QUETTA: At least one police man was killed on Thursday when suspected militants attacked a polio team in Balochistan’s Loralai district, police said.
Shah Muhammad, a police official told Dawn.com that unknown armed men on motorcycle opened fire on a polio team in Nasarabad area of Loralai.
He said one police man guarding the polio team workers was killed on the spot. “The militants sped away on their motorcycle after the attack”, Muhammad said.
The polio team was engaged in an anti polio drive in Loralai bazar when it came under attack by the suspected militants.
Moreover, police and levies personnel reached the spot and started an investigation of the incident.
There was no immediate claim of responsibility for the attack.
Polio teams in Quetta, Pishin and other parts of Balochistan had been repeatedly attacked by militants in the past.
Also, attacks on part of militants have affected the anti-polio drive in Balochistan.
Related: Regional insecurity fuels polio in Cameroon: YAOUNDÉ, 26 March 2014 (IRIN) – Three new polio cases have been confirmed in Cameroon over the past two weeks, making it the country’s first outbreak since 2011 and causing alarm among health officials who link the virus’s spread to weak vaccine campaign coverage and displacement following violence in neighbouring northeastern Nigeria and the Central African Republic (CAR).
Cameroon has confirmed seven polio cases since 2013. Just one case is enough to instigate emergency country-wide vaccination measures under the national health policy. It last experienced a polio outbreak in 2009, the strain also identified in Nigeria and Chad.
The World Health Organization (WHO) has said the virus is at a “very high risk” of crossing borders, and one polio case of the same strain as in Cameroon has just been confirmed in Equatorial Guinea, which saw its last case in 1999.
Related: On this date in history: Salk announces polio vaccine: On March 26, 1953, Dr. Jonas Salk announced on a national radio show that he had successfully tested a vaccine to combat poliomyelitis, the virus that causes polio.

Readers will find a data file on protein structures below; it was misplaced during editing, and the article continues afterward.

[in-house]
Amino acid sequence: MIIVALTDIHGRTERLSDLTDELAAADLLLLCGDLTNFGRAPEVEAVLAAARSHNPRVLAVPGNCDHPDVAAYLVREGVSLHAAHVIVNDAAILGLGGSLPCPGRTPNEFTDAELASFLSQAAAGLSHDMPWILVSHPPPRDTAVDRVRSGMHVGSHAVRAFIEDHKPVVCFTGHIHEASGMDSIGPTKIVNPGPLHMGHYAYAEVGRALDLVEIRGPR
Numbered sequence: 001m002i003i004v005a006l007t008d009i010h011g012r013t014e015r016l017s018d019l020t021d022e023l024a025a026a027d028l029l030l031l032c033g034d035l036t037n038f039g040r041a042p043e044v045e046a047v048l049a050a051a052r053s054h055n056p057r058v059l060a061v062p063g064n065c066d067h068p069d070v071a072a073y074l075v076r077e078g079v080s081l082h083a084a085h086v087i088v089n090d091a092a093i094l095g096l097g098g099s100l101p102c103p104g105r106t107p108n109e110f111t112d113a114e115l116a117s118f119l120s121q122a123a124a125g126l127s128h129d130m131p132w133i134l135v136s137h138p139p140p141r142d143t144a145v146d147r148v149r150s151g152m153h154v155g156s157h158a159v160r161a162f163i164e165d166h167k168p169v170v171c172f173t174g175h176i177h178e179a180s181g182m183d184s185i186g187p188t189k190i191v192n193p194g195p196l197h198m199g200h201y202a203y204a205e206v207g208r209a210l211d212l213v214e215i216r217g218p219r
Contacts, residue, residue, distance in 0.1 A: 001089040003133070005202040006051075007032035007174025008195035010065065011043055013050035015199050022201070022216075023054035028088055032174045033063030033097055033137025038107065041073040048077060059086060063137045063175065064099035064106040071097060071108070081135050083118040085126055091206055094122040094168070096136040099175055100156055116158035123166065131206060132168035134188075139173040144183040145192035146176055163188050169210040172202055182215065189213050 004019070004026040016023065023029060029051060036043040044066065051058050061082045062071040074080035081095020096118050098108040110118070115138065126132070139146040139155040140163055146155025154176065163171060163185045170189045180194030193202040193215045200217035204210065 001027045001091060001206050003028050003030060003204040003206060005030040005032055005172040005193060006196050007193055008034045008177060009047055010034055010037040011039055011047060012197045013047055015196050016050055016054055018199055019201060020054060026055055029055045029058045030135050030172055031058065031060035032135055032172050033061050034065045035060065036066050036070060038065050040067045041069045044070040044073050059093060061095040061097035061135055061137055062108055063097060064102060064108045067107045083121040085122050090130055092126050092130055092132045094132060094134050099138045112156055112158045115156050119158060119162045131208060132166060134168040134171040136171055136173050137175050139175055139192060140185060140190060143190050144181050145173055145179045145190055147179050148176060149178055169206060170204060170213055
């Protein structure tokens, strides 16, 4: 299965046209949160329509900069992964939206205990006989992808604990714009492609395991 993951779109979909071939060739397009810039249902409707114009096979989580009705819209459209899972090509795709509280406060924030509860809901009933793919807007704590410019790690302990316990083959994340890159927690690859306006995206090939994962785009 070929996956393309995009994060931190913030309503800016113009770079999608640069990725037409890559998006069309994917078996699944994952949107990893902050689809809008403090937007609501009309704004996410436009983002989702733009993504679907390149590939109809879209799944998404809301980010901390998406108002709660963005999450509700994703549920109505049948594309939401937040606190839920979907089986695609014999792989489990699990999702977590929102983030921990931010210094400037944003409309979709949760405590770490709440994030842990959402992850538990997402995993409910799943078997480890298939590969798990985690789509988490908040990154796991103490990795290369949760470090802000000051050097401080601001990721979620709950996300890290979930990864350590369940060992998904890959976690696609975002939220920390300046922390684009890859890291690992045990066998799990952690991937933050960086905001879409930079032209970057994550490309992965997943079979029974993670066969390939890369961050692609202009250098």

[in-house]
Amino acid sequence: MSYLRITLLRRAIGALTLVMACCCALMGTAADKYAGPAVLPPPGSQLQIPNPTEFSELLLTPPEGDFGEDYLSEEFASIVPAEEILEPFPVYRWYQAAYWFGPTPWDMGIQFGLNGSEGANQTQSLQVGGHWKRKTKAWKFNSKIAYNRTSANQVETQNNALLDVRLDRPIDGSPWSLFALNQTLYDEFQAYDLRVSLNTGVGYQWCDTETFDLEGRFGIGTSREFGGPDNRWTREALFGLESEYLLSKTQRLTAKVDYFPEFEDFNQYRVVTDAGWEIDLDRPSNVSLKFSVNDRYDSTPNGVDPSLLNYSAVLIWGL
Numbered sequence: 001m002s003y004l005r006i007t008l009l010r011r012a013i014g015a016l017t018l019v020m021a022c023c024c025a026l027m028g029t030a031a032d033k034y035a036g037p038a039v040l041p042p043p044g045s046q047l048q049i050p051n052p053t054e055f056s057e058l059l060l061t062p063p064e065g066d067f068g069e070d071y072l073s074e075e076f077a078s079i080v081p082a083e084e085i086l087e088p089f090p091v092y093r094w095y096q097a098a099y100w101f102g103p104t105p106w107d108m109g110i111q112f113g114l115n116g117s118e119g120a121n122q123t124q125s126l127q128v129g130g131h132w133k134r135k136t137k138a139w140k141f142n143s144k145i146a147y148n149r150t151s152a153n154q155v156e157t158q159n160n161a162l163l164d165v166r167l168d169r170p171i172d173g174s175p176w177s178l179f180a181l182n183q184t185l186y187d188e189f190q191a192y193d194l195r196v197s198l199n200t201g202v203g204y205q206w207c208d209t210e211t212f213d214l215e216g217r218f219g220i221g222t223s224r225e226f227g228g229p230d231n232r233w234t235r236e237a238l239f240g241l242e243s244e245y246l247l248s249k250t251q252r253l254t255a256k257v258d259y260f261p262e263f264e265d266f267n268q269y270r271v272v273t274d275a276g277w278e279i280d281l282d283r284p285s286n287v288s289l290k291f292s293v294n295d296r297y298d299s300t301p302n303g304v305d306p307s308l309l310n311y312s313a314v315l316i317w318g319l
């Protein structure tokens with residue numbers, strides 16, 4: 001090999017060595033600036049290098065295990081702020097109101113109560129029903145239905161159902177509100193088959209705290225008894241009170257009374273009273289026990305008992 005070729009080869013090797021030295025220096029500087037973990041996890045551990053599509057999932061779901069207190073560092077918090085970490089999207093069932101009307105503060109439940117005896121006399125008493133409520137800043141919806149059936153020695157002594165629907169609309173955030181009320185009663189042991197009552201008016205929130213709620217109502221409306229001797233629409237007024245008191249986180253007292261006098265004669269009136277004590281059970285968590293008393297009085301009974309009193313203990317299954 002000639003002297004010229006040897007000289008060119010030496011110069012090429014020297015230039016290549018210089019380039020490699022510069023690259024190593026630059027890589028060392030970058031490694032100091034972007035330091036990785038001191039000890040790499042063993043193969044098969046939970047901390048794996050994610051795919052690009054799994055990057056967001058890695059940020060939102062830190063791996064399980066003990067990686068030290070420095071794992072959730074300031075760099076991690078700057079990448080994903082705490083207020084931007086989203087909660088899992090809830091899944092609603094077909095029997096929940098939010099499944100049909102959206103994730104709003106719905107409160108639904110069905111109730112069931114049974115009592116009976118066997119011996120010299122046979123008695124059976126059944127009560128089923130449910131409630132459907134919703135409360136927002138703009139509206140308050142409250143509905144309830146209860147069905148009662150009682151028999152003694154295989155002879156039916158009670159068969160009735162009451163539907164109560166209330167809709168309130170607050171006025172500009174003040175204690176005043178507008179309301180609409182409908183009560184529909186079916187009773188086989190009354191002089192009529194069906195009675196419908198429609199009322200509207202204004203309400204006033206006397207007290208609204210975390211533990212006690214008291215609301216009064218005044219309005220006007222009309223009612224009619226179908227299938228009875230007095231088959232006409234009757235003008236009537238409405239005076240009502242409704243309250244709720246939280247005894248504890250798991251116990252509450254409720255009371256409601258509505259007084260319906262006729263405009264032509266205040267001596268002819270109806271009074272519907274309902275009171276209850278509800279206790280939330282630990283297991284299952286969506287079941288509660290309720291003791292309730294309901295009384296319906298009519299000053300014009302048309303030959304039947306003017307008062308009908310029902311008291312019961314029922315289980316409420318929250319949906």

The previous year had seen 58,000 new cases of polio reported in the U.S., with more than 3,000 dying from the disease. Polio attacks the nervous system, causing varying stages of paralysis. Children were especially susceptible to the disease, but adults – including future president Franklin D. Roosevelt* – were also affected by polio.
Salk perfected the procedure initially tried by Maurice Brodie in the 1930s, which injected dead strains of the virus into a healthy person’s bloodstream. The person’s body would then build up antibodies to resist live versions of the virus in the future.
In April 1955, it was announced that the vaccine was safe and a nationwide inoculation began. Now, there are only a few of polio cases reported each year.
*Franklin D. Roosevelt’s paralytic illness began in 1921 at age 39, when he got a fever after exercising heavily during a vacation in Canada. While Roosevelt’s bout with illness was well known during his terms as President of the United States, the extent of his paralysis was kept from public view. After his death, his illness and paralysis became a major part of his image. He was diagnosed with poliomyelitis two weeks after he fell ill. A 2003 retrospective study favored a diagnosis of Guillain–Barré syndrome, a conclusion criticized by other researchers.